As you work towards developing a biblical perspective on work, it’s important to keep in mind these fallacies of the Social Gospel movement. As we labor on behalf of the Kingdom, it’s easy for Social Gospel ideas to shape how we think about certain aspects of faith and vocation:

  • Like the Social Gospel, it’s easy to start treating cultural transformation as an end in and of itself.
  • If cultural restoration becomes our gospel, we begin to think that the Kingdom is built by us.

Regarding cultural transformation, the Social Gospel rightly recognizes that it is important. However, it’s not the end goal. Everything we do, all the transformation we work towards, should point to the glory of God. In his post “Kingdom Work,” Hugh Whelchel makes this point by quoting Bill Edgar:

Our cultural involvements are the reflection of the deeper reality of our relationship with God.

This more nuanced view of cultural transformation strikes a balance between outward work and inner salvation.

Another common yet subtle idea implied from Social Gospel teachings is that God’s Kingdom is built by us. It’s not. Every part of the Kingdom, from its establishment to its construction and eventual consummation is carried out by Christ. He uses us as his tools in this endeavor. It’s a subtle distinction. We aren’t building the Kingdom. God is building it and using us.

Tim Keller explains it this way (emphasis added):

Through the person and work of Jesus Christ, God fully accomplishes salvation for us, rescuing us from judgment for sin into fellowship with him, and then restores the creation in which we can enjoy our new life together with him forever.

In order for us to have a correct, biblical perspective on work, we need to understand that Christ drives the process, on both the individual and societal levels. He “accomplishes our salvation,” and uses us to restore His creation.

In my next post, I will examine liberation theology as a radical Marxist attempt to promote the Social Gospel.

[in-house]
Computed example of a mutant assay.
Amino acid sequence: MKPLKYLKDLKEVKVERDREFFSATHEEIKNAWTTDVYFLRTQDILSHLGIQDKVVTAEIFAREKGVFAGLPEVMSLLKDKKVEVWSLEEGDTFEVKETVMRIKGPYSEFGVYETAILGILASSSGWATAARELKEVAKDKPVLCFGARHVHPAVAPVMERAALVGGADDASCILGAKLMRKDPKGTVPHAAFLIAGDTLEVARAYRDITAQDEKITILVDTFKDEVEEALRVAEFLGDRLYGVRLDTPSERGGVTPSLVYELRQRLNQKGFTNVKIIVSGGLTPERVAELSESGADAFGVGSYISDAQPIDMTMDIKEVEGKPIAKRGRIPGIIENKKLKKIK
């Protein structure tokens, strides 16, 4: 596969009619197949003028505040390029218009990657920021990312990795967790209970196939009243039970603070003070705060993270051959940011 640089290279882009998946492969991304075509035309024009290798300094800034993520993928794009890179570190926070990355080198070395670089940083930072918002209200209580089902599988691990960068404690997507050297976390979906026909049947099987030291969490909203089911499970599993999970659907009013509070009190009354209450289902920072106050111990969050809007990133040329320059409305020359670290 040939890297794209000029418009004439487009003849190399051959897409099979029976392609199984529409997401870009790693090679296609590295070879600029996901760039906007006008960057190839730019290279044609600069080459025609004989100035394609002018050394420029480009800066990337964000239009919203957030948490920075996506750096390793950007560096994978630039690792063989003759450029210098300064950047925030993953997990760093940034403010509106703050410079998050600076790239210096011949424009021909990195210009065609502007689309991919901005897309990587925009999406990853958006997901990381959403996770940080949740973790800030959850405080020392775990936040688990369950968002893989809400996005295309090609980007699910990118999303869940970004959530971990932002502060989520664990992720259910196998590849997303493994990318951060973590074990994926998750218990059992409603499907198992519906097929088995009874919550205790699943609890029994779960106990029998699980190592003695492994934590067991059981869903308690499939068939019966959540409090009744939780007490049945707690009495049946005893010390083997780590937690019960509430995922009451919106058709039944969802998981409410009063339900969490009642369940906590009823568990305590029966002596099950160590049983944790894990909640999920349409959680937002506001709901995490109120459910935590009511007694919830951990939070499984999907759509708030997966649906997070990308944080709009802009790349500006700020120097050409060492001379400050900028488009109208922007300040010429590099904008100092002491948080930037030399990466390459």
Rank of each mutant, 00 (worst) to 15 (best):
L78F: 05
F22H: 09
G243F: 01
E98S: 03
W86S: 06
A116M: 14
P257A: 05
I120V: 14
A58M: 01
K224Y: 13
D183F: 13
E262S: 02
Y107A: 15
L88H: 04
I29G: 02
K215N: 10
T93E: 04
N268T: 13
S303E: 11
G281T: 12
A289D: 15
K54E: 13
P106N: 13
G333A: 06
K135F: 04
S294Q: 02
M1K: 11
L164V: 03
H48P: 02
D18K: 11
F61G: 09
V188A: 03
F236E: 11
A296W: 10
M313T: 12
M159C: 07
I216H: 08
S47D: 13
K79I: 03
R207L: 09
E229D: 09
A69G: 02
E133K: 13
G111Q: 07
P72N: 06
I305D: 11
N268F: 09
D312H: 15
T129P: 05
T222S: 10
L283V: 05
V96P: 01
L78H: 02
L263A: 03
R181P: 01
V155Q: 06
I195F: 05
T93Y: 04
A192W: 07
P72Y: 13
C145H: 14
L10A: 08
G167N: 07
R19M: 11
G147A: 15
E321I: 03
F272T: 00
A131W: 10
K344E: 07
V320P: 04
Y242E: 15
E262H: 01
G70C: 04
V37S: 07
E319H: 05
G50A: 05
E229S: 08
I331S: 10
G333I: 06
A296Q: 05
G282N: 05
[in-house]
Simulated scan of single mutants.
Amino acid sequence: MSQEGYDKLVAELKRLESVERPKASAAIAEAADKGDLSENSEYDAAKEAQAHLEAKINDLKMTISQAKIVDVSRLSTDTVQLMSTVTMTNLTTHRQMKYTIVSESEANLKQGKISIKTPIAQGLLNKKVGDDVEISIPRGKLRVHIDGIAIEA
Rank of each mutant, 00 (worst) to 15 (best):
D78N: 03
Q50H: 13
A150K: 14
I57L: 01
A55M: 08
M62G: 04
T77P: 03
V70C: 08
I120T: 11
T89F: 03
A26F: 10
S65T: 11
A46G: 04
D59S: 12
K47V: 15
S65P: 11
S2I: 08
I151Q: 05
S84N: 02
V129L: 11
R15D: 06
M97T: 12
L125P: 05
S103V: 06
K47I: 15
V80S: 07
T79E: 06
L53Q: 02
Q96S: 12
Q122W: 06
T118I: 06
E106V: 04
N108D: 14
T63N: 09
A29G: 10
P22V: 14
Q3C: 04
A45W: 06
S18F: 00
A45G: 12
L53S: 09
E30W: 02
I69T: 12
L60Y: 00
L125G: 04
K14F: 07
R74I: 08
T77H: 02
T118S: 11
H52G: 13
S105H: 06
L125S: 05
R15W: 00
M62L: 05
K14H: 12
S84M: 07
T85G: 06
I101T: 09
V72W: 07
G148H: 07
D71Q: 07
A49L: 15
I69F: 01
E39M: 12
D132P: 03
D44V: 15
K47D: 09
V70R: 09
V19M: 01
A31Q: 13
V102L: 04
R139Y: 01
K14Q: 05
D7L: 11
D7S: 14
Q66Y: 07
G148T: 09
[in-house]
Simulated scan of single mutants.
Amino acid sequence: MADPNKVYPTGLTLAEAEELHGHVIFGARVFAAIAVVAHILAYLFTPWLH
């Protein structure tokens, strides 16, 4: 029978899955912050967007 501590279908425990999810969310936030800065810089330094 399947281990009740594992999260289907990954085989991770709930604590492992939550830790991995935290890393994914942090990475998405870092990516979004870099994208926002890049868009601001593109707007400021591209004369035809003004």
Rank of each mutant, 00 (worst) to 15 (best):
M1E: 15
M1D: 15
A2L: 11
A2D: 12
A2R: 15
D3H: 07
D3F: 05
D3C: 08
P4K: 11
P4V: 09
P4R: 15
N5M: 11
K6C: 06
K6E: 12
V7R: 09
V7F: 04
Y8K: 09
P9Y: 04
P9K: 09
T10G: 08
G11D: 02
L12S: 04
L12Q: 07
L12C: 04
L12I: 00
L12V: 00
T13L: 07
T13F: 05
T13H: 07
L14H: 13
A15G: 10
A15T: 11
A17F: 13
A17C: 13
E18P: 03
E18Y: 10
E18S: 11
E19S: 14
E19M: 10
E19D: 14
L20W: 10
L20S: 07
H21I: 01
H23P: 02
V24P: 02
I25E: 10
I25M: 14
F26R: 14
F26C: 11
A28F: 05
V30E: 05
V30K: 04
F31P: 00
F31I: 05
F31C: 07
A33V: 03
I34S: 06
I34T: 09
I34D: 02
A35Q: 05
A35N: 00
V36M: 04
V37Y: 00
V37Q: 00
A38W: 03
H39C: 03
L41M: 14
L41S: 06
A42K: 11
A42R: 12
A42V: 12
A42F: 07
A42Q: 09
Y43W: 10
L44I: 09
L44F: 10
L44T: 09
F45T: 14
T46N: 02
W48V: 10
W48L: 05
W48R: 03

What do you think? What is your understanding of the Social Gospel?

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  • Nancy Coppock

    Ms. Amyx,

    I am very intrigued with this series and will continue to read the rest of the articles. However, one thing I think economists miss is by referencing everyone as a consumer/customer as if we actually lived in complete liberty…even Christian Liberty.

    We do not.
    I’m not an expert, but I have experienced certain things in life that are much in line with the evil/wickedness that best describes The Road to Serfdom by Hayek. Wicked deeds – because they are in opposition to God’s laws and commands – enacted by centralized government ripple poverty throughout the culture. It turns everything upside down….the incompetent rides upon the back of the competent, the competent are removed from the workforce because they serve the principles of God, not the principles of man, and anyone who esteems to encourage achievement as a means of self-interest in others are villified more than a real criminal.
    I agree that unless the discussion of economics includes Christian ethics (joyful obedience to God’s laws and precepts) there will be no improvement in our quality of appreciating peace and prosperity as the by-product of practicing godliness. Does that make sense to you?

    Maybe you cover these thoughts in later articles.

  • Monty Na

    Comment removed